Bringing Spirituality into the Workplace at the University of Arkansas: Saving Souls and the World through the Free Market

James Dennis LoRusso, Emory University

Work is love made visible.  And if you cannot work with love but only with distaste, it is better that you should leave your work and sit at the gate of the temple and take alms of those who work with joy. –Khalil Gibran

Self-proclaimed “corporate mystic,” Lynne Sedgemore, read the above passage by Khalil Gibran during her keynote address at the International Faith and Spirit at Work Conference recently held at the University of Arkansas.  The conference, sponsored by the Tyson Center of Faith and Spirituality in the Workplace, itself a part of the University’s Sam Walton College of Business, gathered together an eclectic mixture of business leaders, academics, religious authorities, and spiritual teachers in hopes of generating momentum for an idea that has been gaining traction over the last few decades: that there is a place, indeed a vital need, in today’s global economy, for spirituality in one’s work. 

From corporate chaplaincy initiatives to “quiet rooms” in the office for reflection, prayer, or meditation, a smattering of businesses have begun to make room for employees to exercise their religious and spiritual commitments on the job.  The results, these advocates claim, produce greater satisfaction, a deeper sense of meaning and purpose in one’s life, and, not surprisingly, a more efficient and productive workforce, thereby improving the bottom-line and ensuring future success. 

While workplace spirituality, as the movement is known among the faithful, does hold profitability and respect for the diversity of faiths as principle aims, it also embodies a broader vision that is particularly relevant to the current global economic crisis.  The organizer of the conference and long-time supporter of spirituality at work, Judith Neal, stated concisely this larger goal.  Workplace spirituality, she maintains, can potentially change our world by transforming human consciousness across the world.  According to Neal, since the most powerful institutions in today’s world are businesses, they are the carriers of vast social change, and therefore it is within the scope of spiritually driven businesses that some of our most challenging socio-economic problems might be overcome.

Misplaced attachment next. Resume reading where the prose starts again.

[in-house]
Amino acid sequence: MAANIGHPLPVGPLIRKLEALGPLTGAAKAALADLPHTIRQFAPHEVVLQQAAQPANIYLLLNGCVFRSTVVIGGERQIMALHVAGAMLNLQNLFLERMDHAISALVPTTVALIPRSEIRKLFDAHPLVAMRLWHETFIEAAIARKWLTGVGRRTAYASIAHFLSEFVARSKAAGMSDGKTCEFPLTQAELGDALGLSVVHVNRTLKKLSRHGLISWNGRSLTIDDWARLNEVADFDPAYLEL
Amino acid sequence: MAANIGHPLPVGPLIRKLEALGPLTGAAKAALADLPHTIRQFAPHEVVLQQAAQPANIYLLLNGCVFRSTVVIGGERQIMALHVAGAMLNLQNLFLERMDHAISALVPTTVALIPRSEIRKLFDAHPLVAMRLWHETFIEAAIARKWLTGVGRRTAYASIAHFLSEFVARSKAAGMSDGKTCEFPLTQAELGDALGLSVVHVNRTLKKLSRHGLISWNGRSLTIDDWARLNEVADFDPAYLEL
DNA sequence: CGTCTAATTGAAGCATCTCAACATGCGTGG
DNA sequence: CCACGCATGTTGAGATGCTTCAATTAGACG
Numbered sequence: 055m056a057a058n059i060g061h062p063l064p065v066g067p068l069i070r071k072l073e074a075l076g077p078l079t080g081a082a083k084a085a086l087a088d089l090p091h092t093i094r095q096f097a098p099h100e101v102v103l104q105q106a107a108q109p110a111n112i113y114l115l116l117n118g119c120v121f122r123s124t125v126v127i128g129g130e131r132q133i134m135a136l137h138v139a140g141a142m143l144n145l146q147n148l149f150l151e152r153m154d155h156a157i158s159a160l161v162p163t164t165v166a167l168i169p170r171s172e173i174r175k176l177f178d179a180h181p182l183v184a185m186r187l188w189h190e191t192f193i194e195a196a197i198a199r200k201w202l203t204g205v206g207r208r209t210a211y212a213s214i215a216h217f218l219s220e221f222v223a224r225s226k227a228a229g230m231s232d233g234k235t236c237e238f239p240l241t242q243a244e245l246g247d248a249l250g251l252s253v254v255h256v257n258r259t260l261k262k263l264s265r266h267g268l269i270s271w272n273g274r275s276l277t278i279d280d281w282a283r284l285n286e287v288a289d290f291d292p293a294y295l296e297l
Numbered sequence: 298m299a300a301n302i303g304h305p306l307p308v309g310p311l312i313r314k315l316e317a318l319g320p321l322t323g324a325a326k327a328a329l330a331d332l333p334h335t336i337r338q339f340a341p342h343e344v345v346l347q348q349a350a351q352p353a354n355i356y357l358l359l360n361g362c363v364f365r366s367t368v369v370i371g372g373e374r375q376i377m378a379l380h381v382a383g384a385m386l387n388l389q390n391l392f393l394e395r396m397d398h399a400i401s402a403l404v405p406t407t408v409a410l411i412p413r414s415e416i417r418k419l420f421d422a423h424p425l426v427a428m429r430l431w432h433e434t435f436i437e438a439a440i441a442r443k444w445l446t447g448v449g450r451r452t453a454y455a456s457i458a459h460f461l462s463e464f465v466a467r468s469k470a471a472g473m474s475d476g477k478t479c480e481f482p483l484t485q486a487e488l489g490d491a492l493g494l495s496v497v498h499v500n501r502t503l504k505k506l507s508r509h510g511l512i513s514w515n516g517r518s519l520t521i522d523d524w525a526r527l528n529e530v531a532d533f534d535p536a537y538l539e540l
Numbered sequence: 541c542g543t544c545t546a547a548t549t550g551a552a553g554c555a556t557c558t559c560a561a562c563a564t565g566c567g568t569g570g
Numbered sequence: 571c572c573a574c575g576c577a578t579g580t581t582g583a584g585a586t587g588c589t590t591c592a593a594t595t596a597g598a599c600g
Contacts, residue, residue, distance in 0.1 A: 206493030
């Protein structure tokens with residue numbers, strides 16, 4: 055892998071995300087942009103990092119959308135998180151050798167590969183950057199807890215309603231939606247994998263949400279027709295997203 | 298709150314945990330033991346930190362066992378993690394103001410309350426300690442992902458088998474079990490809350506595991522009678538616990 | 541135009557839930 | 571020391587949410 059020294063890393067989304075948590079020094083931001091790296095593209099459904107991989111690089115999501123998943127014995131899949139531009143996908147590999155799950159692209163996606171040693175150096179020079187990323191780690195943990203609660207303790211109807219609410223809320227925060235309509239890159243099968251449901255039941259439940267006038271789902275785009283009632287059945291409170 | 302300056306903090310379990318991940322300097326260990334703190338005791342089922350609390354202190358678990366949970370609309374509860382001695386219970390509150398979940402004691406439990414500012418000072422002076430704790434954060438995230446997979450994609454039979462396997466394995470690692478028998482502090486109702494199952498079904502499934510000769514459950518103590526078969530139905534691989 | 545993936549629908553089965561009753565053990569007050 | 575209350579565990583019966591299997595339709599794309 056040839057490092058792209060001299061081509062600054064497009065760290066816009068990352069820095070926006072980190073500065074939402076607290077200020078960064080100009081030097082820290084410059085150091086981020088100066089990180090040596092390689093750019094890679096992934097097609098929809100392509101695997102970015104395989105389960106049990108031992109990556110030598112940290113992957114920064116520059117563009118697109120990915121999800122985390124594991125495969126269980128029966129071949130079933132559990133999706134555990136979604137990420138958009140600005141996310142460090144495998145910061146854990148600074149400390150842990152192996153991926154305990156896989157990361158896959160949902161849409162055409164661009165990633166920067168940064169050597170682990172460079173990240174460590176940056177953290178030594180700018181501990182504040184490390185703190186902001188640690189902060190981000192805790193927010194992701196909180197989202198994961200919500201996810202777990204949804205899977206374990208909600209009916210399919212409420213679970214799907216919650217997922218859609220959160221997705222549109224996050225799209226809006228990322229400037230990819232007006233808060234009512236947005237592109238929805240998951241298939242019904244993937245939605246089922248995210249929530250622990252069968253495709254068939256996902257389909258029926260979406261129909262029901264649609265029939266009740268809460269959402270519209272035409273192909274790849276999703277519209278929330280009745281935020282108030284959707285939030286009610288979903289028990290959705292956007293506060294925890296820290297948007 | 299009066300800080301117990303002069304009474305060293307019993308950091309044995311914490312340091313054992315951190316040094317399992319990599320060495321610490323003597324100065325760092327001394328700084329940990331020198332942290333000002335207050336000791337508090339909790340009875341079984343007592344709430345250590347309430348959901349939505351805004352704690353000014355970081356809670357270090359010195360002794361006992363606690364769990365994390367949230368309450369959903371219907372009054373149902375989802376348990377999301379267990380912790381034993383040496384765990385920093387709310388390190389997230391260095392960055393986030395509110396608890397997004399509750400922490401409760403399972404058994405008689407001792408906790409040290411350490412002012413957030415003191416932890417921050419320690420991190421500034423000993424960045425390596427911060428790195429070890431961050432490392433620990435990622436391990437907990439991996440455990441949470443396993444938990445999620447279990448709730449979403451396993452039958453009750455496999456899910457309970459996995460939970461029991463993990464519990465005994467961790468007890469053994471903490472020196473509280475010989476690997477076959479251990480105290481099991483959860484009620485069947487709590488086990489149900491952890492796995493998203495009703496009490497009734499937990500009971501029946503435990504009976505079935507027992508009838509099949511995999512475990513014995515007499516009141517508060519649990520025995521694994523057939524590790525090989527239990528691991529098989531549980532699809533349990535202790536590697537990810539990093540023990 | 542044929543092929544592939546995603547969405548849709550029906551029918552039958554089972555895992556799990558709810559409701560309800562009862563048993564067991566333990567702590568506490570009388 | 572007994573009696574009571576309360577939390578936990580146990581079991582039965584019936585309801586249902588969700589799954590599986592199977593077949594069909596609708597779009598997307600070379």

In other words, it is business that is positioned to solve the world’s problems. 

This faith in the capacity of business, when guided by spiritual principles, to reform the world elucidates an uncanny confluence of liberal social agendas and neo-conservative ideologies.  On its surface, workplace spirituality appears as an eclectic mix of religiously liberal and New Age perspectives of human beings.  An inclusive movement, participants cling to a belief in the validity of multiple spiritual paths and the dignity of every person, regardless of their lifestyle.  Moreover, leading figures of the movement often voice a worldview reminiscent of the New Age.  Judith Neal, for example, claims in her book, Edgewalkers (2006),

…that a new kind of human being is emerging on the planet and that this has major implications for business, governments, religion, education, and all of our social institutions.  These Edgewalkers are people who walk between the worlds… In ancient cultures, each tribe or village has a shaman or medicine man.  This was the person who walked into the invisible world to get information, guidance, and healing for members of the tribe. 

The Edgewalker, according to Neal, represents the twenty-first century shaman, the individual equipped with abilities uniquely suited to lead humankind through the difficulties of contemporary life. 

Neal attributes the appearance of these Edgewalkers to the socio-economic context of globalization, high technology, and the increasing speed and unpredictability of life.  Edgewalkers hold the tools to navigate these tenuous conditions, and to teach the rest of us to follow in their footsteps.  Neal cites particular business leaders as the exemplars of Edgewalking, including figures like the founder of PeopleSoft, David Duffield, and Richard Barrett, founder of the World Bank’s Spiritual Unfoldment Society, who have dedicated their careers to creating models of socially responsible organizations and spiritually sensitive workplace cultures.